Robert ‘Bob’ Ingram, a pillar of Triangle’s life science industry, dies

“Thank you so much for being here today. Bob thought a lot about the CED organization and supported it and many other non-profits. And today what I just want to say is he is proud of all of you and what you’re doing. He was a believer in the power of innovation and entrepreneurship and he would want to see this continue to thrive in North Carolina.”

Later, in an interview with TechWire’s Jen McFarland, Shaffer elaborated on her remarks.

“I watched him as a leader of GlaxoWelcome and realized how important it was for the corporate side to give back to the general community because it helps your community flourish,” Shaffer said.

“I was thrilled when many years later I had the opportunity to work directly with Bob at Hatteras Venture Partners and I got to see him in a completely different role.

“We shared a passion for the power and the belief in innovation – that’s how you make a difference in the world.”

Shaffer also pointed out Ingram’s commitment to diversity.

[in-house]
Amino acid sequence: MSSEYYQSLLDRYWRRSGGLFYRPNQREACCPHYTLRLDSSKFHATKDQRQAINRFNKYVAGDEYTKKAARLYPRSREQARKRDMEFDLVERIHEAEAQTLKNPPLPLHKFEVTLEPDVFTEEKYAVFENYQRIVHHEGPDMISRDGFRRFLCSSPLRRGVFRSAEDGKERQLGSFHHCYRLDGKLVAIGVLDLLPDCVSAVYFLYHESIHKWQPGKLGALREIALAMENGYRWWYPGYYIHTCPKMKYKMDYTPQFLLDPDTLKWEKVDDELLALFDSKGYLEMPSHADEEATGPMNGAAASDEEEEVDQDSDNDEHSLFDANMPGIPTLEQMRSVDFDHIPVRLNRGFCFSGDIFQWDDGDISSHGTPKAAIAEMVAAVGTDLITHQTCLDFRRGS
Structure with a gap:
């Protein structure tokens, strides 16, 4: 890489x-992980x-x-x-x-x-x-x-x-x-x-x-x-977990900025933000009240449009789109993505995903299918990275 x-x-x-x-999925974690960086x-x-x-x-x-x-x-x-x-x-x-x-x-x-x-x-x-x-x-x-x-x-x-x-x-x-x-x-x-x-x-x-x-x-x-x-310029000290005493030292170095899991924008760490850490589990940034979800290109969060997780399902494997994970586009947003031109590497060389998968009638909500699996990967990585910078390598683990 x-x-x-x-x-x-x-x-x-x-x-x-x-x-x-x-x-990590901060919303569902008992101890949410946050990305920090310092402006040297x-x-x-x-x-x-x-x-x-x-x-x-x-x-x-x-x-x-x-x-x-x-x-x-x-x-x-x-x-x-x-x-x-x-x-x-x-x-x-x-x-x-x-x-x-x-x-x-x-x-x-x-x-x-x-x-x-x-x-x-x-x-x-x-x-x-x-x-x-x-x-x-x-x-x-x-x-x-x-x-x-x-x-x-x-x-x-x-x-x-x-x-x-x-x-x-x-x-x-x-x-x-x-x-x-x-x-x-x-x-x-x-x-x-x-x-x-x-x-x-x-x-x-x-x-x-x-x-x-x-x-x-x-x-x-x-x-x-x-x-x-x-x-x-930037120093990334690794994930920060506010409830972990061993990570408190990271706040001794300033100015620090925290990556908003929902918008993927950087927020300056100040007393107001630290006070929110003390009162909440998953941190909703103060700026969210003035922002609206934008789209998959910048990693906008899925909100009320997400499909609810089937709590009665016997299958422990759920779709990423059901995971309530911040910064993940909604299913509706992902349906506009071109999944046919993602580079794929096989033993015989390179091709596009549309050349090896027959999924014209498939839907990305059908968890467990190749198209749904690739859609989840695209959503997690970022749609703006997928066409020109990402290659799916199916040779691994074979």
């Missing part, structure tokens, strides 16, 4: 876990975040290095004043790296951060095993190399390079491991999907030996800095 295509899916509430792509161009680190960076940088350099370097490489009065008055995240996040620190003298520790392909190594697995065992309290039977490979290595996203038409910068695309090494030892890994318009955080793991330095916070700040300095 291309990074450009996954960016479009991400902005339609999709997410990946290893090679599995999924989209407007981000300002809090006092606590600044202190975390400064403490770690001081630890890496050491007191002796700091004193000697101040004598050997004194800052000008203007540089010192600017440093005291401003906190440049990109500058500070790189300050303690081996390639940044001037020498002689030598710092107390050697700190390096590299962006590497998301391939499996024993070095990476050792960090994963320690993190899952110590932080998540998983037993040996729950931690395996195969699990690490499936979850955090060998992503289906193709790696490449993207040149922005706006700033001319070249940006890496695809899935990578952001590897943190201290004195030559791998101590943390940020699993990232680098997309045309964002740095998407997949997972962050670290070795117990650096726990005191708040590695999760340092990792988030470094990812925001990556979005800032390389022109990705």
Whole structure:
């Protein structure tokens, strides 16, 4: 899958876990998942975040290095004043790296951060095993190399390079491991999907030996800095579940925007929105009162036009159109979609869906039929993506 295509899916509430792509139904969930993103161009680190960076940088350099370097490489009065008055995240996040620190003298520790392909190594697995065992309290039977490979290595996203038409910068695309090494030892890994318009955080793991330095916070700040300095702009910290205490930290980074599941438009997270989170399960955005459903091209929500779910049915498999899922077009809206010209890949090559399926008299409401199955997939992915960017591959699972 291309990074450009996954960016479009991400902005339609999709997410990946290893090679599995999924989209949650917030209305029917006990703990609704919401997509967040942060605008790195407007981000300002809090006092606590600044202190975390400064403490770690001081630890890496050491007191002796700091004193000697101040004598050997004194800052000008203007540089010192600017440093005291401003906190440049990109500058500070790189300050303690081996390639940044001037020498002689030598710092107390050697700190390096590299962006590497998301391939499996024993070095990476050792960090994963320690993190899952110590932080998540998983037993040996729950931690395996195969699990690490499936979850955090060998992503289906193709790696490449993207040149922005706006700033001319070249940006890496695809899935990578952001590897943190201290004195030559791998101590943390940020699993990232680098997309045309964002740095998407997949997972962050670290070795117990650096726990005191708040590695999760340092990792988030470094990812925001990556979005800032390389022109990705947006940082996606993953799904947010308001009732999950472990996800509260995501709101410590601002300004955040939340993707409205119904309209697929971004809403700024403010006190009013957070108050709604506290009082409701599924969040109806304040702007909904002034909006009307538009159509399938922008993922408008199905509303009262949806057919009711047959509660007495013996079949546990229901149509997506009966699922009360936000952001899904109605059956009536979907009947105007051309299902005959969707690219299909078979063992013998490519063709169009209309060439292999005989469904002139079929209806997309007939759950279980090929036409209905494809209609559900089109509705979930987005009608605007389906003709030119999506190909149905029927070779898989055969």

“Bob helped a lot of women join their first corporate board. One of them was Machelle Sanders, our Secretary of Commerce for the state of NC. He realized before it was a big topic that diversification on boards was important,” Shaffer said.

NC Biotech Center CEO remembers

Life science was a crucial focus of Ingram over decades – not just the companies he ran. Among the benefactors of his focus was the North Carolina Biotechnology Center, which has helped create one of the top life science industry clusters in the United States and world.

“Our hearts go out to the Ingram family and vast number of friends of Bob Ingram. News of his passing took us by surprise. He was so active and a true renaissance man. He was a friend to all and a mentor to many,” Doug Edgeton, CEO of the Biotech Center, told WRAL TechWire.